Technical Stuff

Gameplay in TOR is about what you’d expect from a modern day MMO.  Move with the WADS keys or the mouse, look around by holding down the right mouse button.  Strafe left and right.  You’ve got your radar, and your tool bars filled with various powers and abilities, consumables and attacks.  It’s still in Beta, and I’m hoping they’ve fixed some things, like the fact that the “Follow” command wasn’t working.   Anyone who’s played City of Heroes for any length of time knows the easiest way to get to melee combat range with a mob is to “Follow” the damn thing.

Combat was smooth.  REAL smooth.  Bioware has gone nuts, making it so your character reacts and responds to various attacks.  If something with a vibrosword runs up to you and swings, your character model with drop into a guard and try to parry the thing.  A series of attacks between you and the opponent reveal a beautiful dance of strikes, parries, and counter-attacks.

Powers are fun and balanced.  You feel like a hero, being able to take on multiple opponents at a time, but is still challenging.  Companions are a huge bonus in this game; after level 8 you get to have one of 5 companions follow you around, helping you our in areas you're deficient.  You can play and level a healer or a tank easily (or easier) in this game becuase your companion could be a tank, protecting you from harm, or a Damage machine, pumping out lightsaber attacks or blaster fire to help take out your opponets.

Meh, I could go on about the Tech stuff for a while...but I won't.


What gets me about TOR is that the storyline is compelling, and it matters.  In previous MMOs, you talk to quest givers, get the plot dump on why you're going off the kill Lord High MucketyMuck, or gather 15 reagents for the Potion of Awesome Stabbing, but that's it.  In TOR, you engage in dialouge; fully voiced from both the NPC's perspective and the PC's perspective.  During every interaction you generally have 3-8 chances to choose your response, and your response matters.  Your choice could earn you progress along the Dark or Light side paths, improve or worsen your relationship with the NPC (or your own companions).

It helps with the immersion.  The ability to "buy in" to the Star Wars experience.  You really get a sense that your choices matter, and that the story is truely influenced by what you do and say, even if it's only an illusion.  I'm sure that if I roll-up a bunch of Jedi Knights over the time I'm playing this game, I'll be able to see that my choices in my main quest dialouge don't really matter all that much with how the story unfolds.  But that's well in the future, this is now when the game's all shinney and new and full of awe.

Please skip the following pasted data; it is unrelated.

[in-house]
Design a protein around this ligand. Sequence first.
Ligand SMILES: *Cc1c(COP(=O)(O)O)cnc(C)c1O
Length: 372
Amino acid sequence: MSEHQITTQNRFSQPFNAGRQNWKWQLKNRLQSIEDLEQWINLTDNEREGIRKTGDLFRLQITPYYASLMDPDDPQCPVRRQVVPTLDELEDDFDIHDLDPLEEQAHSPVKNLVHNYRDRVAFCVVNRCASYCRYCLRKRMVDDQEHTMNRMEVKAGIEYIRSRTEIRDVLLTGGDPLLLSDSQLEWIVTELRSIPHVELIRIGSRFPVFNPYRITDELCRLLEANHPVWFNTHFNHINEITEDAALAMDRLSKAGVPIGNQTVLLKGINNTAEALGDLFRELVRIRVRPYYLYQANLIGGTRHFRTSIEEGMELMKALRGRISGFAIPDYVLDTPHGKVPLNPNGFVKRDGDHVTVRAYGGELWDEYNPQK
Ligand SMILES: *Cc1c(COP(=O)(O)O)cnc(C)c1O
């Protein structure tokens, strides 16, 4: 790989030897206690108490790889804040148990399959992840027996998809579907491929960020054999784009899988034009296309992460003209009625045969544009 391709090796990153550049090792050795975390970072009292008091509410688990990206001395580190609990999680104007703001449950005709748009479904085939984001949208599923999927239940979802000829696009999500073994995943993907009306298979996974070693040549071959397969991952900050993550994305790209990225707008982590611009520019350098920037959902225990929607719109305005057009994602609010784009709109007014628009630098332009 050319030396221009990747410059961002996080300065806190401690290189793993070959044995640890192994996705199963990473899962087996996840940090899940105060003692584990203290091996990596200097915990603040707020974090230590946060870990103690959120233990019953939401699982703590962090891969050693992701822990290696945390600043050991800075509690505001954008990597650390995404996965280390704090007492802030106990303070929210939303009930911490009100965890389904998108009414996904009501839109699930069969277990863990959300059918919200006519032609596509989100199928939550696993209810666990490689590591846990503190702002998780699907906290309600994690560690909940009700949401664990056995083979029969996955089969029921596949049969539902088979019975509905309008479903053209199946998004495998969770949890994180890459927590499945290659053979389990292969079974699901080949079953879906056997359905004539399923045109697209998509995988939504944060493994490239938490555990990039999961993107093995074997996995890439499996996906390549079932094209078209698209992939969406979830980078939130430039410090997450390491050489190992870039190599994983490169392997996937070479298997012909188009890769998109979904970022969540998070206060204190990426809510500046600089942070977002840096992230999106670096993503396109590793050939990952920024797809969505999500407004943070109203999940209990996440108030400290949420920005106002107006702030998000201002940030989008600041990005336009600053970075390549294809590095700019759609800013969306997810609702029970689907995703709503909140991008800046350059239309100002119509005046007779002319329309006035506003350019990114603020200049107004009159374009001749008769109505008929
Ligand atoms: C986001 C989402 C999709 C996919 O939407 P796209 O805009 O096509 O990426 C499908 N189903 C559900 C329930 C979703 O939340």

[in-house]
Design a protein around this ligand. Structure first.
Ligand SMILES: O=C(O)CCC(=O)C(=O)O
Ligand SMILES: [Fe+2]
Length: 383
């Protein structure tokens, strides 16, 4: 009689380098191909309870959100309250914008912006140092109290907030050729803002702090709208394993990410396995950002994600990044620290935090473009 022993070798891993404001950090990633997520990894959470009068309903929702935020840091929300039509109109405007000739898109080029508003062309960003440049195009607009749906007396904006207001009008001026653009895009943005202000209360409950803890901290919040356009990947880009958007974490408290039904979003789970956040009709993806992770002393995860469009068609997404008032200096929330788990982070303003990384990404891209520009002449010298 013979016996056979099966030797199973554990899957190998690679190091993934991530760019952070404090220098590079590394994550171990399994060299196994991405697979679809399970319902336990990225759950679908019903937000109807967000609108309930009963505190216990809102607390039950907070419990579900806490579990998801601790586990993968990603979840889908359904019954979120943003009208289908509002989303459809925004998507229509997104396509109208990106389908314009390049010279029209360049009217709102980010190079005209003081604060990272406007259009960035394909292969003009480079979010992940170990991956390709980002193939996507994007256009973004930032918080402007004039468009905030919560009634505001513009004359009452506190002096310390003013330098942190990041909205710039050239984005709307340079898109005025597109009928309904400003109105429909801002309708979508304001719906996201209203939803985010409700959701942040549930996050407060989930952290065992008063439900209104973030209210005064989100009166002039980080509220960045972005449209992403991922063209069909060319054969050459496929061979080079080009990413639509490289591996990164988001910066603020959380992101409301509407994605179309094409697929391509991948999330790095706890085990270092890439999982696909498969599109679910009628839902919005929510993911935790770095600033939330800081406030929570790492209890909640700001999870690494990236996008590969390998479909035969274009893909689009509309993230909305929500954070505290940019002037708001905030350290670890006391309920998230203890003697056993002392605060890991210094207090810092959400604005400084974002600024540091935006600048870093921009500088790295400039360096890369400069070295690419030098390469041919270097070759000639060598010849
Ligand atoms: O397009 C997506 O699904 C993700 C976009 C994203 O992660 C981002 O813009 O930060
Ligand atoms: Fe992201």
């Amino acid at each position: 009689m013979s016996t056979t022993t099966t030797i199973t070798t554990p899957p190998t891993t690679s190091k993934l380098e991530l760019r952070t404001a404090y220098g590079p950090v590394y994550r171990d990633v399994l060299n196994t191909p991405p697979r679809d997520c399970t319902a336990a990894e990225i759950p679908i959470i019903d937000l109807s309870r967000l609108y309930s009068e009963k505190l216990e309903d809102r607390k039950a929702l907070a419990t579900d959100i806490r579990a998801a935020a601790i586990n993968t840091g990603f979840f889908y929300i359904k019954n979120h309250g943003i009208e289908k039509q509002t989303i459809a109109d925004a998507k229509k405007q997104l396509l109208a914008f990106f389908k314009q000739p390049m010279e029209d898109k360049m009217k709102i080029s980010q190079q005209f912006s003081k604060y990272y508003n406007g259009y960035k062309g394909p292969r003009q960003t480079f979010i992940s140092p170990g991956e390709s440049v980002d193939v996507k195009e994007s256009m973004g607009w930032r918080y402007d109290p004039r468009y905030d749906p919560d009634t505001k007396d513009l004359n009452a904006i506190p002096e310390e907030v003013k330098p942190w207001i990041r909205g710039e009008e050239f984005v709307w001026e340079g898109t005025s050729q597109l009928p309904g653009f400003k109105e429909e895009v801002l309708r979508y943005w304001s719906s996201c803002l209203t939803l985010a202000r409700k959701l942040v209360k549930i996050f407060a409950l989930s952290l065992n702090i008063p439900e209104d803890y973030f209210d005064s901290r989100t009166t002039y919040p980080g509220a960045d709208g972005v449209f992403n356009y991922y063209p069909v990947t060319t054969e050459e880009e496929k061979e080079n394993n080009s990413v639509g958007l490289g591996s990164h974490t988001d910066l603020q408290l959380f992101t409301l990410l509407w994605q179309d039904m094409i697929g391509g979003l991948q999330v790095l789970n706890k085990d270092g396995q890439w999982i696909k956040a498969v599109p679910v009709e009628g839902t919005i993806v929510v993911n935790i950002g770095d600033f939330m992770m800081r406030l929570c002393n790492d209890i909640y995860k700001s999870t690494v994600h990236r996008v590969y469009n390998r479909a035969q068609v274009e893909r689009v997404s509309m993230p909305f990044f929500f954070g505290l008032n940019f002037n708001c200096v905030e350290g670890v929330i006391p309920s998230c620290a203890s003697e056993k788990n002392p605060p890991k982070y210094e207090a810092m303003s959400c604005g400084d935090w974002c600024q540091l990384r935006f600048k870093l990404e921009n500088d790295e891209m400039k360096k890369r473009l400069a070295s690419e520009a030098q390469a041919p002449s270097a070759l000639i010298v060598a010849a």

The Last Squadron

I mentioned the whole squadron-thing the Beta Testers have had.  This coming weekend represents the last Beta Test Weekend for The Old Republic.  After Monday the 28th, it's on to polish, refine, and set up for the big Early Start weekend, beginning on December 15th.  I've got whatever time I can squeeze in from Friday the 25th until sometime late on Monday the 28th to absorb all the excitement, and play experience, until the official launch on December 15th. 

It's crazy; it feels like Bioware put visual narcotics in their game.  I can't get enough of it.  I've always considered my biggest Sin was Gluttony, and no, not because I'm an over-weight nerd (although that's a related factor).  I want to overload my senses, I want to take in so much I'm full, and then I want to take in more.  I want my cravings satisfied, and it seems like they never can be.

That is certainly the case with The Old Republic.

I'm not going to quit my job to play all the day until my money runs out.  I'm not going to neglect my responsibilities as an adult, nor my RPGs, my hobbies, and especially not my fiancee.  What I am going to do is try to take in all I can of The Old Republic, when I can, and as often as possible.

I'll be doing that this weekend, getting in all the TOR I can.  If you're playing this weekend, or any time after the 15th, drop me a line.  I'll let you know what server I'm on.

And as my buddy likes to say, "See you with a name over your head".

Thursday, November 3, 2011

Another Longshot: Go Big or Go Home

I'm returning to discussing the development of a new Star Wars Campaign, Another Longshot.  For those who may not know, this is a sequel campaign to one I ran back in 2005.  Ending in 2007 a few months before one of the players moved to Georgia on "temporary exile", the game had simply intended to be a "welcome back!" reward for when his life-choice responsibilities finished.  It's slowly growing beyond that, and it's not even slated to get on the table until the summer of 2013*.

Histroy Lessons

The original Longshot Game, run in the previous Revised Core Rules for D20 Star Wars, took place in the Rebellion Era.  It centered around a doomed-but-hopeful mission for the Rebel Alliance to steal an old, moth-balled Venator-Star Destroyer.  This particular ship was part of General Kenobi's Open Circle Fleet, bring it to Mon Cala, and have the Mon Cala shipyards restore it to fighting condition, along with it's original paint job.  The ship would then serve as a symbol from the Republic Era, and as an ambassadorial ship to travel the Outer Rim gathering support for the Rebel Alliance (and the New Republic after the Rebels won at Endor).